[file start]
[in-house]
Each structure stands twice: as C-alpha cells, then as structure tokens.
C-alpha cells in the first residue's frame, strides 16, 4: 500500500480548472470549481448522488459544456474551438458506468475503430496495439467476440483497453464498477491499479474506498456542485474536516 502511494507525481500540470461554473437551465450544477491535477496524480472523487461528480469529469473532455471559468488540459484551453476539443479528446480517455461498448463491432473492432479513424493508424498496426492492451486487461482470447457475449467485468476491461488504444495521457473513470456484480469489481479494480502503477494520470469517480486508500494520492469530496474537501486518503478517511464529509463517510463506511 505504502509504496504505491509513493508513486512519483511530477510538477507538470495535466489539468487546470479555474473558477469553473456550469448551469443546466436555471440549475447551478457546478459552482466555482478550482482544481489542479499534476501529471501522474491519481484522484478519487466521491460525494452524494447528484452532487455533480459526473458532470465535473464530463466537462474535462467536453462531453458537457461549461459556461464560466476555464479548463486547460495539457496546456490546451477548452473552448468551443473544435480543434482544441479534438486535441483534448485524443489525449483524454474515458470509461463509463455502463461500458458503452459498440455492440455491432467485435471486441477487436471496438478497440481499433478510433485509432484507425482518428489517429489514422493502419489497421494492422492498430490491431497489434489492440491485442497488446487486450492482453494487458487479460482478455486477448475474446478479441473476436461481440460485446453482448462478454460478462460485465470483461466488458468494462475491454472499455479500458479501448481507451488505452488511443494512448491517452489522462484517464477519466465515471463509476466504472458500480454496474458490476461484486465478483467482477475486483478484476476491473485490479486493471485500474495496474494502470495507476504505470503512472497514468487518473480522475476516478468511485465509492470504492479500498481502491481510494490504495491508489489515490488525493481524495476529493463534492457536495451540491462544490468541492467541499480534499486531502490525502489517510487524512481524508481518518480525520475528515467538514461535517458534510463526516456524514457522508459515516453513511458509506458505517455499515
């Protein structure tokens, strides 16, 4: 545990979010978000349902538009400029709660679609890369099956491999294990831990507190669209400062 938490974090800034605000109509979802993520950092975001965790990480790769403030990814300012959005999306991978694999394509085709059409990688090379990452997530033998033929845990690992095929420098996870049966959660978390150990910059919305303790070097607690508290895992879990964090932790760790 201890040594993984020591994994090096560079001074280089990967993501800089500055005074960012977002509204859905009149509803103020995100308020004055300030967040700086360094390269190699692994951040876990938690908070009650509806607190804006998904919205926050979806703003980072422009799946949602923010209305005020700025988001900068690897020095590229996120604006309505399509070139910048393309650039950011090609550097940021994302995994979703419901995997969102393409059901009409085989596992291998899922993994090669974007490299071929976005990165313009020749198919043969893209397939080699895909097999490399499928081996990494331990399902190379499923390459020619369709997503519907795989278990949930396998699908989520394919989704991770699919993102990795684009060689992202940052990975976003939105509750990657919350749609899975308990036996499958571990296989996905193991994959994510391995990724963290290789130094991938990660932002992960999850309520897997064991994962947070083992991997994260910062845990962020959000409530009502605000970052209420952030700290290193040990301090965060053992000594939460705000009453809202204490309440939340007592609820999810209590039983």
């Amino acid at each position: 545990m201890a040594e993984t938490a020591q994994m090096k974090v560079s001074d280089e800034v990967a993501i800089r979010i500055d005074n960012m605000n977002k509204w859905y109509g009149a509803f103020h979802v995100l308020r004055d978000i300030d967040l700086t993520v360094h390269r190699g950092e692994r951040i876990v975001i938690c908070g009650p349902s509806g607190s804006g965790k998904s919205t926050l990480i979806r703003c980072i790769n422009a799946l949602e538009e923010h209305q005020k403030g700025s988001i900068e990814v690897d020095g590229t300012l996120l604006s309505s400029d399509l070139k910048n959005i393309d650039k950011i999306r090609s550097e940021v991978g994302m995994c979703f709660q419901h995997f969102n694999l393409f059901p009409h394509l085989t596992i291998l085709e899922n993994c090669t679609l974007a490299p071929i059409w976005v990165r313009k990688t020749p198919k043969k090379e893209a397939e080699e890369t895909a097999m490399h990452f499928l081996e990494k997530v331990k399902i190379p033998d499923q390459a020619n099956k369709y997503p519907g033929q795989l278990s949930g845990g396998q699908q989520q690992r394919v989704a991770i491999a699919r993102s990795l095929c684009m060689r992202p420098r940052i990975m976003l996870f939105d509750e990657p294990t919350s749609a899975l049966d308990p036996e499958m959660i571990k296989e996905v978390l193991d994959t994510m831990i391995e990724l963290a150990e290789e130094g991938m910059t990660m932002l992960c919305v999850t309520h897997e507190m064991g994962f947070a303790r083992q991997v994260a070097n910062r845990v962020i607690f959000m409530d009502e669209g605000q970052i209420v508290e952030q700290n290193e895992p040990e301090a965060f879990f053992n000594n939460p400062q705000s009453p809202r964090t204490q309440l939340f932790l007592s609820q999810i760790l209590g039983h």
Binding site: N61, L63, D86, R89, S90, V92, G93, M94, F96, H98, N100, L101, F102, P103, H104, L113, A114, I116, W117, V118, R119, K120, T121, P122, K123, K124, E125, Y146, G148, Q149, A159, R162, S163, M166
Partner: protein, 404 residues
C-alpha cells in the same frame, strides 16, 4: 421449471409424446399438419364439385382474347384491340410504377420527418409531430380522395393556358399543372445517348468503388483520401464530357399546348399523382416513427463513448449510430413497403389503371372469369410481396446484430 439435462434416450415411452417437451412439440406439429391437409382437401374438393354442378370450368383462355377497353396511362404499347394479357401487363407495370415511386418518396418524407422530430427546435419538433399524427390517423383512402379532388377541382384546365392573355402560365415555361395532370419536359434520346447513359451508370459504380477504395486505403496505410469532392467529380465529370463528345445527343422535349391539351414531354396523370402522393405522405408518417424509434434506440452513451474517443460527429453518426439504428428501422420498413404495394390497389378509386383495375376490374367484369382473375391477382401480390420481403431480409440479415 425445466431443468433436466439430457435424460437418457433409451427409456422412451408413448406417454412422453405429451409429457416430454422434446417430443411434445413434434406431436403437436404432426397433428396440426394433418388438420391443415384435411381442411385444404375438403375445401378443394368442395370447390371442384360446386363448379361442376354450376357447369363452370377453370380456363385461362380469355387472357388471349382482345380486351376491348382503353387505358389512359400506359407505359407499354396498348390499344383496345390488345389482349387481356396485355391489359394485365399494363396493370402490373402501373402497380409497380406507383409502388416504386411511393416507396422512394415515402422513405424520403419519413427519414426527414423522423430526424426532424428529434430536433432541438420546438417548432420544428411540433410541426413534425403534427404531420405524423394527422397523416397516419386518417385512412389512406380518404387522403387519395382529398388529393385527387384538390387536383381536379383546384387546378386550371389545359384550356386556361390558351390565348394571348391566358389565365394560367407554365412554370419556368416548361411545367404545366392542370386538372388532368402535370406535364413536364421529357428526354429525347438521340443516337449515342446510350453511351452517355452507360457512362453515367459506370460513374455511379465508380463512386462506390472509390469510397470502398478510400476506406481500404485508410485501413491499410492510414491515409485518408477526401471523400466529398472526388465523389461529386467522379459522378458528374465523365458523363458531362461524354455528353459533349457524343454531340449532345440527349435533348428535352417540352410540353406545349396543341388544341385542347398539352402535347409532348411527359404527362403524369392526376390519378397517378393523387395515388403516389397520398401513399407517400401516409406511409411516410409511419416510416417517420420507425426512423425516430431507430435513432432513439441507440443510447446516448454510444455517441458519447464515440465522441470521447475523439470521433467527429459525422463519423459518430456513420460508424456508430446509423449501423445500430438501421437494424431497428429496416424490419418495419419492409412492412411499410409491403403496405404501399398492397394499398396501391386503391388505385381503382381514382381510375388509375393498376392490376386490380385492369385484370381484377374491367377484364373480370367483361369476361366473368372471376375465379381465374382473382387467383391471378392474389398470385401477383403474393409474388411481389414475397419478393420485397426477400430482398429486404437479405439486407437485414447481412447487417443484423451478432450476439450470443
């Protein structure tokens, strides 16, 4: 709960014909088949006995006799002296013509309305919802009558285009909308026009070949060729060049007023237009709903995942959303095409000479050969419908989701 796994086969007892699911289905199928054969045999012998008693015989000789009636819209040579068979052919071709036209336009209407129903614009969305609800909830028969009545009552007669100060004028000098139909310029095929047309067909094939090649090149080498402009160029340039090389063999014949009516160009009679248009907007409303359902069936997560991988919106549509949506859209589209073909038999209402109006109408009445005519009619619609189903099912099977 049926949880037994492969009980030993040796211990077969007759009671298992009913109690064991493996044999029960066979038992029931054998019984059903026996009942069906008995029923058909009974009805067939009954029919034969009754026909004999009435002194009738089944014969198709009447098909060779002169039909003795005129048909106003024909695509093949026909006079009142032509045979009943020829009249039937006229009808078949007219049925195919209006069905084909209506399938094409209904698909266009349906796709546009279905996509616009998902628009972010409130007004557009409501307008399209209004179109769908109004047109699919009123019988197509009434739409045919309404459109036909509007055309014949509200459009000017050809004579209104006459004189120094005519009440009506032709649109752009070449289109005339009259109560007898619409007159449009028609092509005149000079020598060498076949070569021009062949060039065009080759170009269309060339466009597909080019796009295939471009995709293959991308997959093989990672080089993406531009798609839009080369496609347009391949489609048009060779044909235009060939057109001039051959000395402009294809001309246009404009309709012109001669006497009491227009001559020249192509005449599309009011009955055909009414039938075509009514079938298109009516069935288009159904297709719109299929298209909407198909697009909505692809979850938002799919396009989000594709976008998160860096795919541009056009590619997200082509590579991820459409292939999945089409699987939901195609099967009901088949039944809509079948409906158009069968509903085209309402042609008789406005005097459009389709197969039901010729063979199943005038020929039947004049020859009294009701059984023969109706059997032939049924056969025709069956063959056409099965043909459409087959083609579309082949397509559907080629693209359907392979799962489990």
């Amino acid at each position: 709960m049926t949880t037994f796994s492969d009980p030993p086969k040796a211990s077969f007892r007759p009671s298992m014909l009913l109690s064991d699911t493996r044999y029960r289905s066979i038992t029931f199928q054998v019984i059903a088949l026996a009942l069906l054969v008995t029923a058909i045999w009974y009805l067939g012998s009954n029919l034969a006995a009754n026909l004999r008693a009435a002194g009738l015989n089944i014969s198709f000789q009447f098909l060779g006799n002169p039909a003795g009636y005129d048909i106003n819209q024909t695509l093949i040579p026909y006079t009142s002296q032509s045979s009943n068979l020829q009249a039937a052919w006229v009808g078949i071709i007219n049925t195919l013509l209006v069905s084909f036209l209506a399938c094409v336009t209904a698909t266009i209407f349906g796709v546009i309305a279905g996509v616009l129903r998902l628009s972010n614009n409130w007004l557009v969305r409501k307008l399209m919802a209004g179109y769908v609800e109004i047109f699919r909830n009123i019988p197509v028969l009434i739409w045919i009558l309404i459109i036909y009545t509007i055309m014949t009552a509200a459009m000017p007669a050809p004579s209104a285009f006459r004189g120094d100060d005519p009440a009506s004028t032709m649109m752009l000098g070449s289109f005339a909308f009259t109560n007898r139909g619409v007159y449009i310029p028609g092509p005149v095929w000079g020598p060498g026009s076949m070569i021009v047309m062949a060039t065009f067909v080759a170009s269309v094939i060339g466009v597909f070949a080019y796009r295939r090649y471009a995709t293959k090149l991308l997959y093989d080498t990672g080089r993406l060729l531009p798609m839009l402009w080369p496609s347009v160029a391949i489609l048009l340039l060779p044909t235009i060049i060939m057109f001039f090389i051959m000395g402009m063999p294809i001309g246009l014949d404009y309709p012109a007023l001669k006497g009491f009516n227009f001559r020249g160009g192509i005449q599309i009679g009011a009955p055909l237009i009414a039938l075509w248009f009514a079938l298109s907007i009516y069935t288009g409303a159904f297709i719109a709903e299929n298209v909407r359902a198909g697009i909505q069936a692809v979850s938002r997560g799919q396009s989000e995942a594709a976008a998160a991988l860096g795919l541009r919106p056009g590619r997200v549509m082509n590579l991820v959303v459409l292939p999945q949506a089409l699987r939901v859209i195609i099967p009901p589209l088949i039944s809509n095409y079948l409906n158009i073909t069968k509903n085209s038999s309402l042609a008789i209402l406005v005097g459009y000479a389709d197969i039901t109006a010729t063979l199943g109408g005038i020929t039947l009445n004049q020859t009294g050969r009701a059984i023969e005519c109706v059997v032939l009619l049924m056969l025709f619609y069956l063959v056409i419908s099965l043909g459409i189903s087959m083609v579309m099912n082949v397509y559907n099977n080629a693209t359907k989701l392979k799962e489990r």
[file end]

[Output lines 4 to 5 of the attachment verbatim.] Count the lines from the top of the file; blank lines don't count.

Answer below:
């Protein structure tokens, strides 16, 4: 545990979010978000349902538009400029709660679609890369099956491999294990831990507190669209400062 938490974090800034605000109509979802993520950092975001965790990480790769403030990814300012959005999306991978694999394509085709059409990688090379990452997530033998033929845990690992095929420098996870049966959660978390150990910059919305303790070097607690508290895992879990964090932790760790 201890040594993984020591994994090096560079001074280089990967993501800089500055005074960012977002509204859905009149509803103020995100308020004055300030967040700086360094390269190699692994951040876990938690908070009650509806607190804006998904919205926050979806703003980072422009799946949602923010209305005020700025988001900068690897020095590229996120604006309505399509070139910048393309650039950011090609550097940021994302995994979703419901995997969102393409059901009409085989596992291998899922993994090669974007490299071929976005990165313009020749198919043969893209397939080699895909097999490399499928081996990494331990399902190379499923390459020619369709997503519907795989278990949930396998699908989520394919989704991770699919993102990795684009060689992202940052990975976003939105509750990657919350749609899975308990036996499958571990296989996905193991994959994510391995990724963290290789130094991938990660932002992960999850309520897997064991994962947070083992991997994260910062845990962020959000409530009502605000970052209420952030700290290193040990301090965060053992000594939460705000009453809202204490309440939340007592609820999810209590039983």
């Amino acid at each position: 545990m201890a040594e993984t938490a020591q994994m090096k974090v560079s001074d280089e800034v990967a993501i800089r979010i500055d005074n960012m605000n977002k509204w859905y109509g009149a509803f103020h979802v995100l308020r004055d978000i300030d967040l700086t993520v360094h390269r190699g950092e692994r951040i876990v975001i938690c908070g009650p349902s509806g607190s804006g965790k998904s919205t926050l990480i979806r703003c980072i790769n422009a799946l949602e538009e923010h209305q005020k403030g700025s988001i900068e990814v690897d020095g590229t300012l996120l604006s309505s400029d399509l070139k910048n959005i393309d650039k950011i999306r090609s550097e940021v991978g994302m995994c979703f709660q419901h995997f969102n694999l393409f059901p009409h394509l085989t596992i291998l085709e899922n993994c090669t679609l974007a490299p071929i059409w976005v990165r313009k990688t020749p198919k043969k090379e893209a397939e080699e890369t895909a097999m490399h990452f499928l081996e990494k997530v331990k399902i190379p033998d499923q390459a020619n099956k369709y997503p519907g033929q795989l278990s949930g845990g396998q699908q989520q690992r394919v989704a991770i491999a699919r993102s990795l095929c684009m060689r992202p420098r940052i990975m976003l996870f939105d509750e990657p294990t919350s749609a899975l049966d308990p036996e499958m959660i571990k296989e996905v978390l193991d994959t994510m831990i391995e990724l963290a150990e290789e130094g991938m910059t990660m932002l992960c919305v999850t309520h897997e507190m064991g994962f947070a303790r083992q991997v994260a070097n910062r845990v962020i607690f959000m409530d009502e669209g605000q970052i209420v508290e952030q700290n290193e895992p040990e301090a965060f879990f053992n000594n939460p400062q705000s009453p809202r964090t204490q309440l939340f932790l007592s609820q999810i760790l209590g039983h």